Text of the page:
More on Critical Thinking

Here's another great video about critical thinking. QualiaSoup makes some really awesome educational videos.

I transcribed it to make it easy to follow and reference:

Give someone a fish and they'll eat that day. Teach them how to catch a fish and they'll never grow hungry. Proverbs like this remind us how learning skills help to move us toward self-reliance. This is never more true than with critical thinking.

Memorize the solution to a problem and you may master that particular problem. Improve your critical thinking and you'll give yourself the tools to create your own effective solutions to a multitude of unfamiliar problems.

Critical thinking refers to a diverse range of intellectual skills and activities concerned with evaluating information, as well as our own thoughts, in a disciplined way.

[analyze, conceptualize, define, examine, infer, listen, question, reason, synthesize]

When we're willing and able to examine our own capability as thinkers, acknowledging problems and weaknesses, this can help us refine our thought processes so that we learn to think and assess information in a more comprehensive way that increases our ability to identify and reject false ideas and ideologies.

Critical thinking isn't just thinking a lot. A person may spend a great deal of intellectual energy on defending a flawed position or pursuing a question that actually needs reformulating before progress can begin. If they never examine possible flaws and biases behind their approach, that's not thinking critically.

We must want to be better at thinking; to pinpoint and minimize any biasing influence on our thoughts from culture and upbringing; to seek out and be guided by knowledge and evidence that fits with reality, even if it refutes our cherished beliefs.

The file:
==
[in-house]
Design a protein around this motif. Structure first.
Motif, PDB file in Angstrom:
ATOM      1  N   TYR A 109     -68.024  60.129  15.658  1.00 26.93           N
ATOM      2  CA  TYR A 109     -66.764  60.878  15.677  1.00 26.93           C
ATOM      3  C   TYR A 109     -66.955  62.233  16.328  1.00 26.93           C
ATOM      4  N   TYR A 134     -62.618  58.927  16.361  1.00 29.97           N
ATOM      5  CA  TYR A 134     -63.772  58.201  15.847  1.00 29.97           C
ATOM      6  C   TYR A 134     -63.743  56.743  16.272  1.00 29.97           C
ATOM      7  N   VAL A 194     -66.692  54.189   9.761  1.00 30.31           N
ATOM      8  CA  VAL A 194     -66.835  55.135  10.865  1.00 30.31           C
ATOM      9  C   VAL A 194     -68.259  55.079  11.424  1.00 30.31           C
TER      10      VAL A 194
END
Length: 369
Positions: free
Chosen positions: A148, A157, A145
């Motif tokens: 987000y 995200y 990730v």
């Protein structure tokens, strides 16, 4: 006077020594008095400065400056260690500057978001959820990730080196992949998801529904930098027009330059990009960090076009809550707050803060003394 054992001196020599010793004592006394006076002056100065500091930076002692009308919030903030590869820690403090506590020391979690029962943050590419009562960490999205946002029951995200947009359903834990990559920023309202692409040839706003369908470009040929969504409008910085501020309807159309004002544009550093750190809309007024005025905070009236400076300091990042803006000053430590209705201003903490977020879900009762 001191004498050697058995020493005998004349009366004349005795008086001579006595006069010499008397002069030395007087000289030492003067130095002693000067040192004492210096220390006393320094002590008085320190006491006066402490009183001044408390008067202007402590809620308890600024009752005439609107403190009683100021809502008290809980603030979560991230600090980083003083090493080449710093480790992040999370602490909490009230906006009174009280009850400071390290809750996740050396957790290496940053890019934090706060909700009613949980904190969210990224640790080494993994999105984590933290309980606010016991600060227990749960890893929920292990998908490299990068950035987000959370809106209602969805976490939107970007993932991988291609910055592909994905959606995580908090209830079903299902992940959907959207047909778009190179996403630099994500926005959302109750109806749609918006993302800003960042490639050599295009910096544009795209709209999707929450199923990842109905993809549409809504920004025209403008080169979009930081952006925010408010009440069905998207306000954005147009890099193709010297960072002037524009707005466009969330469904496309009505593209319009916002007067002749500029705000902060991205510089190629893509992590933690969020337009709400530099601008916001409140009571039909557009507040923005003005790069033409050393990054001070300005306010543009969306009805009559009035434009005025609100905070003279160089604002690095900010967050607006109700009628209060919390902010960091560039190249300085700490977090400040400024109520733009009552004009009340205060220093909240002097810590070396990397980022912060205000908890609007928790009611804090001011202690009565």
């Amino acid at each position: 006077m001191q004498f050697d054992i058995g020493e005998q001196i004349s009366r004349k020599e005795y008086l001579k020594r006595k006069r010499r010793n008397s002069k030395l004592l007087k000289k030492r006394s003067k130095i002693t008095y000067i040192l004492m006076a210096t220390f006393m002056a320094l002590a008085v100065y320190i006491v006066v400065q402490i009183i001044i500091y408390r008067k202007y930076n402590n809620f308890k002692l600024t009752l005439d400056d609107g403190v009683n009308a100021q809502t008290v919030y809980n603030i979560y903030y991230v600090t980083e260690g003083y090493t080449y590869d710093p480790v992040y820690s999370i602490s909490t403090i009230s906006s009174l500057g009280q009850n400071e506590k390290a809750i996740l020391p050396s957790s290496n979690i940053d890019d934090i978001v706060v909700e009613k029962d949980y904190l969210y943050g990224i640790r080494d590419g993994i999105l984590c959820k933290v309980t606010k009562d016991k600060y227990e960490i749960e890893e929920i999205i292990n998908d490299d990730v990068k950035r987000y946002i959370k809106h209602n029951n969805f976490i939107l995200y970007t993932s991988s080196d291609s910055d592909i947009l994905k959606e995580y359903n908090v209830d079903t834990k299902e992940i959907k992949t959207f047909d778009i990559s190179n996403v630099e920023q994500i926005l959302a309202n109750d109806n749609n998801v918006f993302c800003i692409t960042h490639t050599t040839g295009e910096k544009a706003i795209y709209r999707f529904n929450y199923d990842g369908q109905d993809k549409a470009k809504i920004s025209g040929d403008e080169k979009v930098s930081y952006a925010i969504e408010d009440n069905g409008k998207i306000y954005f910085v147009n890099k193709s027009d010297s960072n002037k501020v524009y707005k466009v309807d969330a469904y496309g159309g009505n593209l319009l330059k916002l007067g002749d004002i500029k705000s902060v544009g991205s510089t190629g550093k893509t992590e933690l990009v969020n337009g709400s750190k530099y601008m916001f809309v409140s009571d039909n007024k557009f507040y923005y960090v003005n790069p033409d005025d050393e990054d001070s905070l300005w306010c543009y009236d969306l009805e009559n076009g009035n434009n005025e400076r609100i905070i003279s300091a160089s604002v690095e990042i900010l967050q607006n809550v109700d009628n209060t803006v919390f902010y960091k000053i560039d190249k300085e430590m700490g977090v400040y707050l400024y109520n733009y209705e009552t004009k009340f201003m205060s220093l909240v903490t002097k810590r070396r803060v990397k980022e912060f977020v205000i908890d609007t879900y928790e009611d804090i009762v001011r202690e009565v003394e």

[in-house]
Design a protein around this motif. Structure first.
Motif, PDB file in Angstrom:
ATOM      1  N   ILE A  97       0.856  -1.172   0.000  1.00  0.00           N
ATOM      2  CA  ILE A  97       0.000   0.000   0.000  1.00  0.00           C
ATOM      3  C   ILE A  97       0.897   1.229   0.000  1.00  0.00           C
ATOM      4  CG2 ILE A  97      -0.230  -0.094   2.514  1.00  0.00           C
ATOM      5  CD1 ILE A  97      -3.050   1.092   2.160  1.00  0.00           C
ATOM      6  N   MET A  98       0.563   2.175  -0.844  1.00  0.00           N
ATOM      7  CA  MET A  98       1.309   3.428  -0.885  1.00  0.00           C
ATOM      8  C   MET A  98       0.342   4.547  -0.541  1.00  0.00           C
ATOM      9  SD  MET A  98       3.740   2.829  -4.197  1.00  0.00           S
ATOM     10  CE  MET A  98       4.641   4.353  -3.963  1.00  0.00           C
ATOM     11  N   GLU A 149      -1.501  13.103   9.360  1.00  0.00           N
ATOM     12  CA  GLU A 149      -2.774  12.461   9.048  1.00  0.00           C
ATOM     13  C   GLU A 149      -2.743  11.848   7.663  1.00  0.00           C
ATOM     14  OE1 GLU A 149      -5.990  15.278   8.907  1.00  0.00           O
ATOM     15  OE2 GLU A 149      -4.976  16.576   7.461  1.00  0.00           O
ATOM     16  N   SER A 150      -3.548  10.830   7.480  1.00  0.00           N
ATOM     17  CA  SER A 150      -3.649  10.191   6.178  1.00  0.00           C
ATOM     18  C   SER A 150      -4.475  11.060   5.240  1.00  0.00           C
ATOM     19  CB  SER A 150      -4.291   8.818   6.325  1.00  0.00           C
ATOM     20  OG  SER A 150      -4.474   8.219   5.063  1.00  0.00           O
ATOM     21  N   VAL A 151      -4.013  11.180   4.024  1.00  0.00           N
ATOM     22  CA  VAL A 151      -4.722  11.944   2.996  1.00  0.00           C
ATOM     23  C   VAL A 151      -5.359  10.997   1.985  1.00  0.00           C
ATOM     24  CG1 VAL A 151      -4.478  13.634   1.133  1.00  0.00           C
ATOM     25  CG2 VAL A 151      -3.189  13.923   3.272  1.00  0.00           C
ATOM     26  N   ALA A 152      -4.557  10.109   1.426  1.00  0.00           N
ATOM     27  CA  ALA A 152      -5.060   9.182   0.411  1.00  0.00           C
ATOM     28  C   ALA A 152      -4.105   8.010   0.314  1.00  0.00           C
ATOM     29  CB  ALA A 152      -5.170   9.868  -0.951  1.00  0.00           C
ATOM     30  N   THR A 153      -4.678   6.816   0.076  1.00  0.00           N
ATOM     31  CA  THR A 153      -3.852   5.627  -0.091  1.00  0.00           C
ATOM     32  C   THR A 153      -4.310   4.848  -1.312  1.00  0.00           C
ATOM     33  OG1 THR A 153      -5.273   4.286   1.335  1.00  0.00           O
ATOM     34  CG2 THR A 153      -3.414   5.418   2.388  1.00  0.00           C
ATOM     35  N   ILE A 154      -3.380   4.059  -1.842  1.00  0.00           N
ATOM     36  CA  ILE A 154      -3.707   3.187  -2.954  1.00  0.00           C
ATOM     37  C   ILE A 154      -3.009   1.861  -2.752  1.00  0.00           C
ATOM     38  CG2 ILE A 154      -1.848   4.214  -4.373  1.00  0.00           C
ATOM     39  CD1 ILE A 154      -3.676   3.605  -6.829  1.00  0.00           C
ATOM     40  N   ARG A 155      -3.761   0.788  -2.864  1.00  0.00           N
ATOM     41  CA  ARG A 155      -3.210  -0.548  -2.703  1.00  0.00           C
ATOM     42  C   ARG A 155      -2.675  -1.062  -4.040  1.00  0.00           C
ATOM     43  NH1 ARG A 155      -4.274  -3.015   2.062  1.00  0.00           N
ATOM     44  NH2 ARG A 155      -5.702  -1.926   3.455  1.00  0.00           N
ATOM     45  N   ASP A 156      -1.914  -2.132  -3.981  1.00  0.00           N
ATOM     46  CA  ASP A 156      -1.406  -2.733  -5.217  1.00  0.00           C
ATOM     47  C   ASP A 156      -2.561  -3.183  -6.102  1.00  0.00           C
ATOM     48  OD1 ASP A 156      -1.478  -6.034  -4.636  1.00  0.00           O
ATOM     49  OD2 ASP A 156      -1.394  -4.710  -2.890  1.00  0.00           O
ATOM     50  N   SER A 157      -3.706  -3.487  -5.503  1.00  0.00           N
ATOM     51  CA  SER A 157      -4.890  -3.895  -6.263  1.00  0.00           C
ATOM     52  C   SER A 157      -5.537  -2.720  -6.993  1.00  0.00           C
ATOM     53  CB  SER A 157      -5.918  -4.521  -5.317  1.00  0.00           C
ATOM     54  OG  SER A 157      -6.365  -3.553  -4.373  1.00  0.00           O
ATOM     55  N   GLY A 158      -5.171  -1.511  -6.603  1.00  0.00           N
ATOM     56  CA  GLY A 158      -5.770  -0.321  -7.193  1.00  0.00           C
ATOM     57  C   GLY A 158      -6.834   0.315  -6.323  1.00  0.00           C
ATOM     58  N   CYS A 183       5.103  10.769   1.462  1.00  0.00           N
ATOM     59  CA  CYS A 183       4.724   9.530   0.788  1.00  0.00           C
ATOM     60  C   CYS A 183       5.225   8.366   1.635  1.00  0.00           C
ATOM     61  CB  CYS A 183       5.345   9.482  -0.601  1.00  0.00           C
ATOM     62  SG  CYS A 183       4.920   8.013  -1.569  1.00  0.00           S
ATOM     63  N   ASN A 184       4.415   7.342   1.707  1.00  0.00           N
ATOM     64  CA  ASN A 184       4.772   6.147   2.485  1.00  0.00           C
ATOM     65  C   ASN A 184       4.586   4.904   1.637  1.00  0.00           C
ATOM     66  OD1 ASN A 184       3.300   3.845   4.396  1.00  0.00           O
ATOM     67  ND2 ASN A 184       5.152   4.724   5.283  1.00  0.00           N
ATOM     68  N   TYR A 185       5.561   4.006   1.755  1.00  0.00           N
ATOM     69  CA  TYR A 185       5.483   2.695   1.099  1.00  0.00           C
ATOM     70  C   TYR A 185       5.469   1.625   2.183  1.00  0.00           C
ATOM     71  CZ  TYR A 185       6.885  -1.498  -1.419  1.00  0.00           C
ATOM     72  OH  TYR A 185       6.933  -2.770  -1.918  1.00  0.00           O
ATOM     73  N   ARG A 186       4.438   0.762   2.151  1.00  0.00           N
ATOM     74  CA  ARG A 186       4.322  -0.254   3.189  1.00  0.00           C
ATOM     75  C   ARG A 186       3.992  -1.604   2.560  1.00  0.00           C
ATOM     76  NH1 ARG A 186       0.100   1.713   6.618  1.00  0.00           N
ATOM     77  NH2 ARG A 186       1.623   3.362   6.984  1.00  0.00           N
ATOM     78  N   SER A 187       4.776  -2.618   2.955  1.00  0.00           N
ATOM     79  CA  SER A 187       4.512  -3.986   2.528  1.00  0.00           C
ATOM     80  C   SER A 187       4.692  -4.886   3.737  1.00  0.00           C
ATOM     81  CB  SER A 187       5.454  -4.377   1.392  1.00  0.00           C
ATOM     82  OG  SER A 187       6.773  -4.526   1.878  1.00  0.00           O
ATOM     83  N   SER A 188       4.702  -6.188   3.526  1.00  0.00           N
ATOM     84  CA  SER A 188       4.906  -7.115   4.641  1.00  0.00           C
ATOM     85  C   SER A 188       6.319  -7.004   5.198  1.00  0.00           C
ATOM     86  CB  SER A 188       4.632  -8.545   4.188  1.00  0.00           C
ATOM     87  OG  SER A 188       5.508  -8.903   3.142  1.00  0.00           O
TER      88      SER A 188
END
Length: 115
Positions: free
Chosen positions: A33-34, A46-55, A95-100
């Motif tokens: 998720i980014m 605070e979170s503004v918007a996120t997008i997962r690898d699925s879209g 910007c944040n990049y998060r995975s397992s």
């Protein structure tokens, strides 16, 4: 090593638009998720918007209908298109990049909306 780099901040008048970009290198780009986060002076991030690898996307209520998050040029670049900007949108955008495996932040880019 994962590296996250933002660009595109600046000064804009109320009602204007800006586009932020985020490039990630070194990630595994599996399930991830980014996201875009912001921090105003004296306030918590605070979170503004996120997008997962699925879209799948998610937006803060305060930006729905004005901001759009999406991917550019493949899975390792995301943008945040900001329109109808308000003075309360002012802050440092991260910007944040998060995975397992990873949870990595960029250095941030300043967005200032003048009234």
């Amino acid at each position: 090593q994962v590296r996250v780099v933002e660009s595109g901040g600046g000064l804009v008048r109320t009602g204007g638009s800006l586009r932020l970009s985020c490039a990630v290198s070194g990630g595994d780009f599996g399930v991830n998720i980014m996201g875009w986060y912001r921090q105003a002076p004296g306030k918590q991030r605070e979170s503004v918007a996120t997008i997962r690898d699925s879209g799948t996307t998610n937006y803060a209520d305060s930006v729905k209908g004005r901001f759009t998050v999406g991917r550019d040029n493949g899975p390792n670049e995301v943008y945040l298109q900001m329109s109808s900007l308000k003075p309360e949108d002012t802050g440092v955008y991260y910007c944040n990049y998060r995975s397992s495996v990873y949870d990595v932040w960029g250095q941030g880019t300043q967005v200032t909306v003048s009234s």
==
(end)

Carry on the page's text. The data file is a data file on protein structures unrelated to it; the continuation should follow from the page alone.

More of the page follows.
Indeed, when we think critically, beliefs tend not to be cherished, but held on the understanding that if they're shown to be unfounded, a change of position is the most appropriate response.

Critical thinkers cultivate an attitude of curiosity and eagerness to widen their perspective and broaden their knowledge, and they're willing to do the work required to keep themselves properly informed about a subject. They recognize that explanations must actually explain and be testable to be worthy of serious consideration, and that legitimate theories clearly define the circumstances in which they'll concede defeat.

Critical thinking embraces skepticism. Skepticism doesn't mean an indiscriminate rejection of ideas, as some mistakenly believe. It refers to doubting and suspending our judgment about claims with which we are presented so that we don't simply accept claims which might be unjustified, but first take the time to understand them, examining the reasoning and possible assumptions and biases behind them.

Reasoning behind factual claims should be based in sound, consistent logic, not on emotions and social pressure. Because the truth value of factual claims isn't determined by the emotion that accompanies them or the fact that they may be believed by certain social groups.